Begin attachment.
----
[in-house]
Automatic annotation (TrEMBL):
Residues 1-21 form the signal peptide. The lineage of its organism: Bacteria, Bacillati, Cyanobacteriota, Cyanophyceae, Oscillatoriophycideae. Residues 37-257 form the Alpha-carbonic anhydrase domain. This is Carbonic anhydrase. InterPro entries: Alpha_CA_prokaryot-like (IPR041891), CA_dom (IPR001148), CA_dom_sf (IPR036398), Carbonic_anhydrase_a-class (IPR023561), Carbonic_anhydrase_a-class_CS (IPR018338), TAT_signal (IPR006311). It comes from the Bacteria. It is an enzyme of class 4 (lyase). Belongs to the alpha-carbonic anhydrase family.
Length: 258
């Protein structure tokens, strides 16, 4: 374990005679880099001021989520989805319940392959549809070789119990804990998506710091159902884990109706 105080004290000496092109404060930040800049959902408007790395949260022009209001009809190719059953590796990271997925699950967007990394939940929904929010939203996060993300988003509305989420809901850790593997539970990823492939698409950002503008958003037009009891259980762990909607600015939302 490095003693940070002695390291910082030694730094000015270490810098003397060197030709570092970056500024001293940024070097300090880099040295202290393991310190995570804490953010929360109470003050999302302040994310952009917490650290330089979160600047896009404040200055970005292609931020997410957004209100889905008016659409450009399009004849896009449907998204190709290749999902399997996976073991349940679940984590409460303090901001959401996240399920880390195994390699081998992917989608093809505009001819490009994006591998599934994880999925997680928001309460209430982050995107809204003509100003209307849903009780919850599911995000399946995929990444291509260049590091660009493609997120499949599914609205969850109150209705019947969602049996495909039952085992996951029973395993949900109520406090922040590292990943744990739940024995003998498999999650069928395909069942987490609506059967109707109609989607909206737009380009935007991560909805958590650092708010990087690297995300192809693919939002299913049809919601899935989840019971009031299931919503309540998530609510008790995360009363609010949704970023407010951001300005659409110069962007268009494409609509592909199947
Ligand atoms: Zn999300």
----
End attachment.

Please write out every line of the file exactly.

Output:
[in-house]
Automatic annotation (TrEMBL):
Residues 1-21 form the signal peptide. The lineage of its organism: Bacteria, Bacillati, Cyanobacteriota, Cyanophyceae, Oscillatoriophycideae. Residues 37-257 form the Alpha-carbonic anhydrase domain. This is Carbonic anhydrase. InterPro entries: Alpha_CA_prokaryot-like (IPR041891), CA_dom (IPR001148), CA_dom_sf (IPR036398), Carbonic_anhydrase_a-class (IPR023561), Carbonic_anhydrase_a-class_CS (IPR018338), TAT_signal (IPR006311). It comes from the Bacteria. It is an enzyme of class 4 (lyase). Belongs to the alpha-carbonic anhydrase family.
Length: 258
């Protein structure tokens, strides 16, 4: 374990005679880099001021989520989805319940392959549809070789119990804990998506710091159902884990109706 105080004290000496092109404060930040800049959902408007790395949260022009209001009809190719059953590796990271997925699950967007990394939940929904929010939203996060993300988003509305989420809901850790593997539970990823492939698409950002503008958003037009009891259980762990909607600015939302 490095003693940070002695390291910082030694730094000015270490810098003397060197030709570092970056500024001293940024070097300090880099040295202290393991310190995570804490953010929360109470003050999302302040994310952009917490650290330089979160600047896009404040200055970005292609931020997410957004209100889905008016659409450009399009004849896009449907998204190709290749999902399997996976073991349940679940984590409460303090901001959401996240399920880390195994390699081998992917989608093809505009001819490009994006591998599934994880999925997680928001309460209430982050995107809204003509100003209307849903009780919850599911995000399946995929990444291509260049590091660009493609997120499949599914609205969850109150209705019947969602049996495909039952085992996951029973395993949900109520406090922040590292990943744990739940024995003998498999999650069928395909069942987490609506059967109707109609989607909206737009380009935007991560909805958590650092708010990087690297995300192809693919939002299913049809919601899935989840019971009031299931919503309540998530609510008790995360009363609010949704970023407010951001300005659409110069962007268009494409609509592909199947
Ligand atoms: Zn999300």